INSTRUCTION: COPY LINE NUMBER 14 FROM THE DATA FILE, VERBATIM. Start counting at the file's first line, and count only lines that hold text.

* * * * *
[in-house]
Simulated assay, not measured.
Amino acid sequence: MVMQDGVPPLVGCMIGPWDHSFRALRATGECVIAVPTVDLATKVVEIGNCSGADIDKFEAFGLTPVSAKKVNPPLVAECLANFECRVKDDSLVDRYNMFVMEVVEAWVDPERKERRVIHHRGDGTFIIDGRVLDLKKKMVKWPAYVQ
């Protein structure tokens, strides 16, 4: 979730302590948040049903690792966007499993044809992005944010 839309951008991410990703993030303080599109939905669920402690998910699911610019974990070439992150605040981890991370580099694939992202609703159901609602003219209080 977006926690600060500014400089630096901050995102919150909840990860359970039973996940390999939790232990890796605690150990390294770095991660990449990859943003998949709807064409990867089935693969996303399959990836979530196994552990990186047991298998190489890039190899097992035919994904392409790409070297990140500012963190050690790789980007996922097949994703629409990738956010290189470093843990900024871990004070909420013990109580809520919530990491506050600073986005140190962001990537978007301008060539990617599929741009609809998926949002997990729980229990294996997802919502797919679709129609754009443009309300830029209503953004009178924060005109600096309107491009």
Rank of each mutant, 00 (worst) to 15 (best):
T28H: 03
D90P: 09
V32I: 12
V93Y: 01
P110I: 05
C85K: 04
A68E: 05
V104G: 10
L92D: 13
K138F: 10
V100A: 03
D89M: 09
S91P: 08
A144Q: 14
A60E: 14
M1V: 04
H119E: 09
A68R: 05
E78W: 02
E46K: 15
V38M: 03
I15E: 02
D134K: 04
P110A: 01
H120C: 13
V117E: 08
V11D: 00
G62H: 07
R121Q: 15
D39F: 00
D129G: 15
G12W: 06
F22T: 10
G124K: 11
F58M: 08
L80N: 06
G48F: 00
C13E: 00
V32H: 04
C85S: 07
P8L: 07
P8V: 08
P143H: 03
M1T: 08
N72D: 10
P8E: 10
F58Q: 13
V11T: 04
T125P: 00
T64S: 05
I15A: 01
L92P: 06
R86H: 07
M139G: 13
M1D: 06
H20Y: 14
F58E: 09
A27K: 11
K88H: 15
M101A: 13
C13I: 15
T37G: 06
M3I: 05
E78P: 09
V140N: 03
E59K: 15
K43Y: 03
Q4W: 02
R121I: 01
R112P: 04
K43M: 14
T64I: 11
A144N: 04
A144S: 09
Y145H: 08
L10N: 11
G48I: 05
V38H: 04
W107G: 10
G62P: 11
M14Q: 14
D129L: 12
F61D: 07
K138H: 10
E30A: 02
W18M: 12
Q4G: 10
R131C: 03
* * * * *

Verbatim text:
L92D: 13